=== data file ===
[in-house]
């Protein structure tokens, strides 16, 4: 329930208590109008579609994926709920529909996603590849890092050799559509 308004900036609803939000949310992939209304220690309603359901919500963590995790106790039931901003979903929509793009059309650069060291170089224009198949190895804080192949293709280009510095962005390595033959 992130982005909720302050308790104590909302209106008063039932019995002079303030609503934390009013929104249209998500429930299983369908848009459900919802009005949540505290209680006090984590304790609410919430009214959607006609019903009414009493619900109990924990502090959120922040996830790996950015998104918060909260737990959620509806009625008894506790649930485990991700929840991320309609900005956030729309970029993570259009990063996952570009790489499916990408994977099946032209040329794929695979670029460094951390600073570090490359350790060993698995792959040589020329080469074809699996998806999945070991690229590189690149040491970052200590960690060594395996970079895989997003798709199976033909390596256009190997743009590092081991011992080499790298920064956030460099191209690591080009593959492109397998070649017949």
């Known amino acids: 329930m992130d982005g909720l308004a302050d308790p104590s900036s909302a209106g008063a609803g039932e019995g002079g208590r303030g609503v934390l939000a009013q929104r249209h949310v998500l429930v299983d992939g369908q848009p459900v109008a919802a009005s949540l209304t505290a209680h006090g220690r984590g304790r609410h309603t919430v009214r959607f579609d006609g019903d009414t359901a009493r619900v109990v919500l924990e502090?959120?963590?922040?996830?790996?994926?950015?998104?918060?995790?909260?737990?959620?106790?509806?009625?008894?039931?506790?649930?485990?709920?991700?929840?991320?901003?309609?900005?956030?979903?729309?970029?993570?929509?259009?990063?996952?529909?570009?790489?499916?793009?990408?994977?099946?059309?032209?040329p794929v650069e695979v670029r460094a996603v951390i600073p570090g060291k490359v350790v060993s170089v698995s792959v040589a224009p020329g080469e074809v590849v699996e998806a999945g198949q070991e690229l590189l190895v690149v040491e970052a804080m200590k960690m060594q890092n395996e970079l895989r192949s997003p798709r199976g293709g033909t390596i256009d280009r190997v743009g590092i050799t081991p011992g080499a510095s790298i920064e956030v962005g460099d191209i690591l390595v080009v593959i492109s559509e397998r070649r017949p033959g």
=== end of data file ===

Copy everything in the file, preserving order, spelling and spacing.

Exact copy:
[in-house]
């Protein structure tokens, strides 16, 4: 329930208590109008579609994926709920529909996603590849890092050799559509 308004900036609803939000949310992939209304220690309603359901919500963590995790106790039931901003979903929509793009059309650069060291170089224009198949190895804080192949293709280009510095962005390595033959 992130982005909720302050308790104590909302209106008063039932019995002079303030609503934390009013929104249209998500429930299983369908848009459900919802009005949540505290209680006090984590304790609410919430009214959607006609019903009414009493619900109990924990502090959120922040996830790996950015998104918060909260737990959620509806009625008894506790649930485990991700929840991320309609900005956030729309970029993570259009990063996952570009790489499916990408994977099946032209040329794929695979670029460094951390600073570090490359350790060993698995792959040589020329080469074809699996998806999945070991690229590189690149040491970052200590960690060594395996970079895989997003798709199976033909390596256009190997743009590092081991011992080499790298920064956030460099191209690591080009593959492109397998070649017949």
């Known amino acids: 329930m992130d982005g909720l308004a302050d308790p104590s900036s909302a209106g008063a609803g039932e019995g002079g208590r303030g609503v934390l939000a009013q929104r249209h949310v998500l429930v299983d992939g369908q848009p459900v109008a919802a009005s949540l209304t505290a209680h006090g220690r984590g304790r609410h309603t919430v009214r959607f579609d006609g019903d009414t359901a009493r619900v109990v919500l924990e502090?959120?963590?922040?996830?790996?994926?950015?998104?918060?995790?909260?737990?959620?106790?509806?009625?008894?039931?506790?649930?485990?709920?991700?929840?991320?901003?309609?900005?956030?979903?729309?970029?993570?929509?259009?990063?996952?529909?570009?790489?499916?793009?990408?994977?099946?059309?032209?040329p794929v650069e695979v670029r460094a996603v951390i600073p570090g060291k490359v350790v060993s170089v698995s792959v040589a224009p020329g080469e074809v590849v699996e998806a999945g198949q070991e690229l590189l190895v690149v040491e970052a804080m200590k960690m060594q890092n395996e970079l895989r192949s997003p798709r199976g293709g033909t390596i256009d280009r190997v743009g590092i050799t081991p011992g080499a510095s790298i920064e956030v962005g460099d191209i690591l390595v080009v593959i492109s559509e397998r070649r017949p033959g």